Call it what you will: buzz, spirit, or—borrowing, appropriately enough, from Borges—fervor. Some cities have it, other cities have it in a big way. Buenos Aires is definitely in the latter group. Mixing european style with latino passion, the argentine capital has a boldly romantic populace (porteños, they call themselves) and a slew of personality-rich cafés, nightclubs, hotels, and restaurants to match. Buenos Aires isn't the Paris of South America anymore. Paris, we hear, is the Buenos Aires of Europe.
B.A. has always been intrigued by anything remotely exotic. In other words, beef is not all that's for dinner. • Baby-faced chef Rodrigo Sieiro turns out the best French food in the Southern Hemisphere at Nectarine (381 Avda. Estanislao López, Pilar; 54-2322/421-689; tasting menu for two $240). His training in the kitchens of Alain Ducasse and Paul Bocuse shows in pheasant with Malbec sauce and rib eye with rosemary sabayon. His lemon tart is a piece of petit-four perfection. A new location opens soon in central B.A. • Go East to Nina Wok (240 Calle Báez; 54-11/4770-9312; dinner for two $55), where China meets the Mediterranean, or to Pedro Fernández's pretty Khalu (2851 Calle Andrés Arguibel; 54-11/4777-4679; dinner for two $90), where ginger and wasabi meld with flavors from the Caribbean and Colombia. • Plain and simple Italian doesn't get any better than at Il Matterello (517 Calle Martín Rodríguez; 54-11/4307-0529; dinner for two $40). How much do Argentines love pizza?At Morelia (260 Calle Báez; 54-11/4772-0329; dinner for two $40), the pizza oven has been retired in favor of a parrilla, the grill typically used to prepare that famous beef.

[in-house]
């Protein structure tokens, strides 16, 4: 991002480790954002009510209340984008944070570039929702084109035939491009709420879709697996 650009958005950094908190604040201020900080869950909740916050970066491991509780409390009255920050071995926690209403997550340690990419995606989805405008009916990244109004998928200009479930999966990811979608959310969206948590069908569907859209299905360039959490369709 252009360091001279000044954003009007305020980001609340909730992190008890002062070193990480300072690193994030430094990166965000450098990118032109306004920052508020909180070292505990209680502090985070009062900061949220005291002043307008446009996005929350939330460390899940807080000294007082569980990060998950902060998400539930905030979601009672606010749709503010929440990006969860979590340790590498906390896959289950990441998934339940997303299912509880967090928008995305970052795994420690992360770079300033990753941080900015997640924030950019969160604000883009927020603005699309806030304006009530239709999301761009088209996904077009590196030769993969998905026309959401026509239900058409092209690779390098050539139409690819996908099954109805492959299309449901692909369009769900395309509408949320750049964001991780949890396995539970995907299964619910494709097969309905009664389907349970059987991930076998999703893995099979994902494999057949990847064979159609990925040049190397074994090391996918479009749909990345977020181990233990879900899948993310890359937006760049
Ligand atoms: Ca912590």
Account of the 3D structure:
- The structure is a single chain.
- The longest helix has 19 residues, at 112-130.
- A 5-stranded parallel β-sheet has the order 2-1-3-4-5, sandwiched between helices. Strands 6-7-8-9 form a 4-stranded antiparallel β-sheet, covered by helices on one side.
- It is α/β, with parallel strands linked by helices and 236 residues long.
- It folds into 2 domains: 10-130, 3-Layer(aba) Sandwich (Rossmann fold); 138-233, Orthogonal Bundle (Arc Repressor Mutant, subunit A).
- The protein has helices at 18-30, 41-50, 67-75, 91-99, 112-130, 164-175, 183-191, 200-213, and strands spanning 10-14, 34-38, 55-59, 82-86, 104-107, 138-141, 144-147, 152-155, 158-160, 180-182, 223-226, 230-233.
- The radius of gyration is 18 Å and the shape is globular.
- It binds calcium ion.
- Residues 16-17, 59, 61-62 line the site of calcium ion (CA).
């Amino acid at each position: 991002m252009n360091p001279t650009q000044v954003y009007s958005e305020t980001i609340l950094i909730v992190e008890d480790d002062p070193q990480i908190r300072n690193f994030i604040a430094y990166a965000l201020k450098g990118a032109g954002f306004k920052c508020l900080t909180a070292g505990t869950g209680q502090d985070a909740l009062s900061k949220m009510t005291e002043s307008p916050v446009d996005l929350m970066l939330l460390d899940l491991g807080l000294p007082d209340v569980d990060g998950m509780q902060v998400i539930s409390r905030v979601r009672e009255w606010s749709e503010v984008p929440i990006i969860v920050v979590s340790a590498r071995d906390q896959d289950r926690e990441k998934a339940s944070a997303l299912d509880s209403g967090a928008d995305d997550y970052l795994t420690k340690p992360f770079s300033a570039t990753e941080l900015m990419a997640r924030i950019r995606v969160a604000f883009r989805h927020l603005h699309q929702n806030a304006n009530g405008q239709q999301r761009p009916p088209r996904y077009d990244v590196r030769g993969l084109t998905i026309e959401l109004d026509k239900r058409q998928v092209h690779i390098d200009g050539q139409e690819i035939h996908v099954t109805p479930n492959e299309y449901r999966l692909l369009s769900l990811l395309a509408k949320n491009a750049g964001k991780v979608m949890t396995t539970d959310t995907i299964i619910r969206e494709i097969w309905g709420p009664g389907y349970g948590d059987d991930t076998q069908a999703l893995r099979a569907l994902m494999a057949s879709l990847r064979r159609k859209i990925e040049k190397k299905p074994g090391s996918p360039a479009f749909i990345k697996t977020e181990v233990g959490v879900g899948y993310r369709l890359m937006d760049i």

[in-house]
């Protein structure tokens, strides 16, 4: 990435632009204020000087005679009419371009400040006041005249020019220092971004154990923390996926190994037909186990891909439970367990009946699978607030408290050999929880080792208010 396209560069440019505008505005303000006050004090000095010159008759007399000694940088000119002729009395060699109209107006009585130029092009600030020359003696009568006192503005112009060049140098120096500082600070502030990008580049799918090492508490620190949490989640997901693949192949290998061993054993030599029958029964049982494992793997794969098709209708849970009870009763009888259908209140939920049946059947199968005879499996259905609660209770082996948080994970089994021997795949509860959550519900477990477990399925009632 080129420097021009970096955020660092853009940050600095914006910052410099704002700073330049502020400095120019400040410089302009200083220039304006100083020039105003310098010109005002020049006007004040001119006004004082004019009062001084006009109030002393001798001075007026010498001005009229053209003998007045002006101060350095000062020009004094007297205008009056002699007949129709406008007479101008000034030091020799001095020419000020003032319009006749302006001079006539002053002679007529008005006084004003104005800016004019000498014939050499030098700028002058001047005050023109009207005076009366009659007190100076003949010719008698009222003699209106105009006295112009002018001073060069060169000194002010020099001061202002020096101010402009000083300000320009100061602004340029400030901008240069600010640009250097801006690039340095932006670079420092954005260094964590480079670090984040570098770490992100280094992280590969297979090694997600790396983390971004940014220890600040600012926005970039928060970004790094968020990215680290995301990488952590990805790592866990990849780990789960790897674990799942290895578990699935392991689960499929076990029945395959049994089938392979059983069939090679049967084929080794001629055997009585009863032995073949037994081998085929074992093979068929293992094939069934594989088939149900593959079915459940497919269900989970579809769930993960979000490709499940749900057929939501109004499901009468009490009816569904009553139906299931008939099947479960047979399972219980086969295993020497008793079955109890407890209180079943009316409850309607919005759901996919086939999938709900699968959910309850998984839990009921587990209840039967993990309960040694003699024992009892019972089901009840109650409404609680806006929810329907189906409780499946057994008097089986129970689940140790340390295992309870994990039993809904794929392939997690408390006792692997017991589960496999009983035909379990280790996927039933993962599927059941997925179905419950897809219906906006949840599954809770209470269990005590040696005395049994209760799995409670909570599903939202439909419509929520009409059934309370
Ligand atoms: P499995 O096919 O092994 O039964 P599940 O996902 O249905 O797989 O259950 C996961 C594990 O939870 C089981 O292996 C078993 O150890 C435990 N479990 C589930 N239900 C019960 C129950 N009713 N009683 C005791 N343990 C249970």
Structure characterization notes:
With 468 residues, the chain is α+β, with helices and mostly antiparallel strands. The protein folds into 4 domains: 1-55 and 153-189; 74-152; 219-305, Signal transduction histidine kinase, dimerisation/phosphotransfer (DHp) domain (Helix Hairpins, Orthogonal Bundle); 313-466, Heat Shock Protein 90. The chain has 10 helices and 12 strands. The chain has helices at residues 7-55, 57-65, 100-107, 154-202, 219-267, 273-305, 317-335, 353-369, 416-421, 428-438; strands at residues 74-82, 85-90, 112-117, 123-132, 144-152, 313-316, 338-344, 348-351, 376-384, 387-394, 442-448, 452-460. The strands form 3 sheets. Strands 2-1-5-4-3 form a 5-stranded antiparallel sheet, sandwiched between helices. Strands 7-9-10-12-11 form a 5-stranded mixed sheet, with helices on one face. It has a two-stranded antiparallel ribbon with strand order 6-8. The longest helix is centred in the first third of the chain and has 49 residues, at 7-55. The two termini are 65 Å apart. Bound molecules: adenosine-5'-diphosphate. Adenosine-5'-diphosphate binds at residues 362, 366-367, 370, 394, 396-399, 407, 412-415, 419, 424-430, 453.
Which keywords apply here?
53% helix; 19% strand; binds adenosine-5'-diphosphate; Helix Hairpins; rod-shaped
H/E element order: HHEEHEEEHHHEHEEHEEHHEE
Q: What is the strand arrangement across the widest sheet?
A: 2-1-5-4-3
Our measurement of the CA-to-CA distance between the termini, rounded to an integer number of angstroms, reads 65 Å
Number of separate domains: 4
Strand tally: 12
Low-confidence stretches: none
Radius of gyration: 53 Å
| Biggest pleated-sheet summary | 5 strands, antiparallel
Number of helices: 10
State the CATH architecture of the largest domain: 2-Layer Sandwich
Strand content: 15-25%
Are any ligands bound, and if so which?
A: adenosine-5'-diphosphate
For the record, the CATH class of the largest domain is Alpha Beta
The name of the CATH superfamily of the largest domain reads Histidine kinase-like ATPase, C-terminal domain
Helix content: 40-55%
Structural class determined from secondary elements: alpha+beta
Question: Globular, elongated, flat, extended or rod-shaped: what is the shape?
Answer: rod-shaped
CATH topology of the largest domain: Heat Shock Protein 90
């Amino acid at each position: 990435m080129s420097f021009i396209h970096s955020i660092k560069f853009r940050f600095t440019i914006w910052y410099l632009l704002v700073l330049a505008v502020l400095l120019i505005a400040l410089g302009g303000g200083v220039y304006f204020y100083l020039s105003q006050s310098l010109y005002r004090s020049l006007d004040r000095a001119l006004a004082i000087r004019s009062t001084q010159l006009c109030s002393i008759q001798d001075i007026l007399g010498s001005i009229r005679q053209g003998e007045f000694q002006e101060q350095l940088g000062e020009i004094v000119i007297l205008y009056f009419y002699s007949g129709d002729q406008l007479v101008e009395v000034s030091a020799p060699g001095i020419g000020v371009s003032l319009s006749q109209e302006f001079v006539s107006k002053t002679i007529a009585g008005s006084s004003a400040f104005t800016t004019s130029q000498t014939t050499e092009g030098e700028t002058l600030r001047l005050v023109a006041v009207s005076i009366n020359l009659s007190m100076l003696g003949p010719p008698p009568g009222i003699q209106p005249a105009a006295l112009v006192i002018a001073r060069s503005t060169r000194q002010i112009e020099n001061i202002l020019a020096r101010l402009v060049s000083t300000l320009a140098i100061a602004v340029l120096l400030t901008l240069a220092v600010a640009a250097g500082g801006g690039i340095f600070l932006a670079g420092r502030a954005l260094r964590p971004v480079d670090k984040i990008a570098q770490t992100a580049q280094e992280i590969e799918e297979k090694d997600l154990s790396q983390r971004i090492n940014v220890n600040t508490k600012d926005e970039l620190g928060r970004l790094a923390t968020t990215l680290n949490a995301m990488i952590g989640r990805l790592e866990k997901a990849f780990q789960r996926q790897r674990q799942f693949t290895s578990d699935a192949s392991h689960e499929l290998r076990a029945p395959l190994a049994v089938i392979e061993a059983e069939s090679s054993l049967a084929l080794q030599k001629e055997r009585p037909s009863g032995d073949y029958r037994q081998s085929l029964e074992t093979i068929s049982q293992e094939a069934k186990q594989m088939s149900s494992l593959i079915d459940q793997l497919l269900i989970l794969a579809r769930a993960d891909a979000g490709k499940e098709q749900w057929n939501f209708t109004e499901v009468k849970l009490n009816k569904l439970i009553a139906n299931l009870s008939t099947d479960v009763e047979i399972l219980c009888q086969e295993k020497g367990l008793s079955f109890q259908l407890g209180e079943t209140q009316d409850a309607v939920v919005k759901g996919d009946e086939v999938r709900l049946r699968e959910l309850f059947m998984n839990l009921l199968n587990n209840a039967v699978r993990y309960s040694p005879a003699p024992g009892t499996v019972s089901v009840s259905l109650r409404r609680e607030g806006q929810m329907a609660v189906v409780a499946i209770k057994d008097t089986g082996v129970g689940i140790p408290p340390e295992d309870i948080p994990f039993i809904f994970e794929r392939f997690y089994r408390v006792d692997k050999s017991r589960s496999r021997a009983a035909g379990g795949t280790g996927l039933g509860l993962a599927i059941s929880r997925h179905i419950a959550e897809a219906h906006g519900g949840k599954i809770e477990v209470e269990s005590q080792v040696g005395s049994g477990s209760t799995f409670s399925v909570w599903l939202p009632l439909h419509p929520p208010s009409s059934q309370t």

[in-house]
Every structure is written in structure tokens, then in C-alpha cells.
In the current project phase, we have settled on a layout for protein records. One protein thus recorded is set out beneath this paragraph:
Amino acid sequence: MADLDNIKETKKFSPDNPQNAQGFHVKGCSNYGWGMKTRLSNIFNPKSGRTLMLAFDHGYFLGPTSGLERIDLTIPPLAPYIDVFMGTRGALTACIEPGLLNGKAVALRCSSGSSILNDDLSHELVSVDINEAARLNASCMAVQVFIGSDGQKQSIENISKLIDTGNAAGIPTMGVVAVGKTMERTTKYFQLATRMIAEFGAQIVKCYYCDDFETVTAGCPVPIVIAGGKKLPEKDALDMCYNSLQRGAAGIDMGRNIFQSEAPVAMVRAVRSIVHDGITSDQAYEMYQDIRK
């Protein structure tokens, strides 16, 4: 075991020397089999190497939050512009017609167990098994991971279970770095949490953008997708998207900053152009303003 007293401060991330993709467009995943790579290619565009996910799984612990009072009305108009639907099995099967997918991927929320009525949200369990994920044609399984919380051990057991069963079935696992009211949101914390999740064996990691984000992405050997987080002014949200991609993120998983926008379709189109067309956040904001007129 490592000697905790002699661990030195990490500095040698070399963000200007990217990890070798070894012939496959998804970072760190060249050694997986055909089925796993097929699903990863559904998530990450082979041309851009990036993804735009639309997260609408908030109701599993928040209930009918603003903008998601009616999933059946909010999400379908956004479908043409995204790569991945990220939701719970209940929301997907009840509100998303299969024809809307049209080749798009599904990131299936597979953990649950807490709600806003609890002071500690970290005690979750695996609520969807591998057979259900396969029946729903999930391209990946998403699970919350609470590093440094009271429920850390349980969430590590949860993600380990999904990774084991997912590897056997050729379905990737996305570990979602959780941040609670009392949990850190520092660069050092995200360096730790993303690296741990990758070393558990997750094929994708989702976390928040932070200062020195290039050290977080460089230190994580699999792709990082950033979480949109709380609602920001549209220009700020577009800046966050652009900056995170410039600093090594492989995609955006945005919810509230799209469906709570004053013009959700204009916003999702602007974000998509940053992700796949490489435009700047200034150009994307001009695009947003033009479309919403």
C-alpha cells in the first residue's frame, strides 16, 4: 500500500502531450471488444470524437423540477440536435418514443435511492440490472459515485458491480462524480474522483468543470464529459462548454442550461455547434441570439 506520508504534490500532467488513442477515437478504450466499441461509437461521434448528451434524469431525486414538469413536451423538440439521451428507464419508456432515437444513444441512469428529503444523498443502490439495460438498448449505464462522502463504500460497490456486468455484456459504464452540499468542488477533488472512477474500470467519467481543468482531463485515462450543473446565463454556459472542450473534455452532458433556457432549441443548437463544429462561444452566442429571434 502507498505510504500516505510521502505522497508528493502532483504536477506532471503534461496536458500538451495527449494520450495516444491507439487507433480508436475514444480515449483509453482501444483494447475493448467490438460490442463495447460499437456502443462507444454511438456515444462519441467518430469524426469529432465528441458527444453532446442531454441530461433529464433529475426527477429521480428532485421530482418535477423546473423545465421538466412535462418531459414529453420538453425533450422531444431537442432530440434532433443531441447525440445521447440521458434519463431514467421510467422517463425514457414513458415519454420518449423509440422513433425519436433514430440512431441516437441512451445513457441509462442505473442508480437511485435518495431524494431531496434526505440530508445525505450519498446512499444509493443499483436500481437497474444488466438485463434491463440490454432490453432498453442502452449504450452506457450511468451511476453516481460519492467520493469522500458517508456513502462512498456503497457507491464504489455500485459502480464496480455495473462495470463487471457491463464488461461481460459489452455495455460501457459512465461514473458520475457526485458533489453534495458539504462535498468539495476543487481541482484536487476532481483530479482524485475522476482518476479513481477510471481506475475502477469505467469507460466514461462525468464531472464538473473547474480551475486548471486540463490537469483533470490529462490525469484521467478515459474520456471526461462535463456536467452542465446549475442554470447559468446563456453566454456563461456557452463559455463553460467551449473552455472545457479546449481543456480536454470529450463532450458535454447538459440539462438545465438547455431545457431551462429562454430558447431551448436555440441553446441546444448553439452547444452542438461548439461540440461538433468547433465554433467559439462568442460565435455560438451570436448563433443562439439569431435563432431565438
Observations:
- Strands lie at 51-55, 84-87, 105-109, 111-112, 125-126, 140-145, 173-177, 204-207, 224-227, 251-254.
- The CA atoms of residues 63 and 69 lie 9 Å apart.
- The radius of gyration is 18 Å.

There's a reason why Argentina consistently sets records in per capita beef consumption (144 pounds last year, almost double that of the United States). Meat simply tastes better here, partly thanks to a skilled parrillero, or man at the grill. Hugo Echevarrieta of La Brigada (465 Calle Estados Unidos, 54-11/4361-5557; and 4534 Avda. del Libertador, 54-11/4773-1011; dinner for two $40) is a meat maestro; his monster 29-ounce steak is reason enough to buy a plane ticket. The one-room El Obrero (Avda. Cafrarena 64; 54-11/4362-9912, dinner for two $35) shines like a beacon under the highway. Great beef, fabulous fries, fresh seafood too.
Argentina is the fifth-largest wine-producing country in the world, a fact that is largely unknown because the Argentines tend to drink much of their wine themselves. The best place to steal a glass from the locals and sample great regional vintages is Gran Bar Danzón (1161 Calle Libertad; 54-11/4811-1108; wines by the glass $4-$10; dinner for two $60), a chicly distressed, often rowdy lounge-restaurant-wine bar that has nothing to do with the danzón, a Cuban-Mexican dance. The bar offers numerous wines (30 by the glass, more than 120 by the bottle), tunes spun by an in-house DJ, and a happy hour at its sushi bar. The staff is impossibly beautiful; so is the crowd. There's no sign outside — look for a candlelit staircase (Danzón is on the second floor) and listen for happy noises.
The nocturnal marathon that is B.A. nightlife involves pre-dinner cocktails, dinner (not before 11), and after-dinner drinks, followed by destination number one (about 3 a.m.), destination number two, and then post-sunrise "after-hours" parties (at 7 or 8 a.m.). You can join in at any stage. • A fashionable crowd lines up for deliciously potent cocktails at Voodoo (340 Calle Báez; 54-11/4772-2453) and hangs out at Milión (1048 Paraná; 54-11/4815-9925), a mansion and courtyard with little more than a bar and a throbbing sound system. • It's champagne by the glass at the sleek marble-and-silver Chandon Bar (152 Avda. Alicia Moreau de Justo; 54-11/4315-3533). • For something more low-key, head to the Placita de Serrano, a square in the heart of the Palermo Viejo barrio with a dozen establishments catering to bookish bohemians.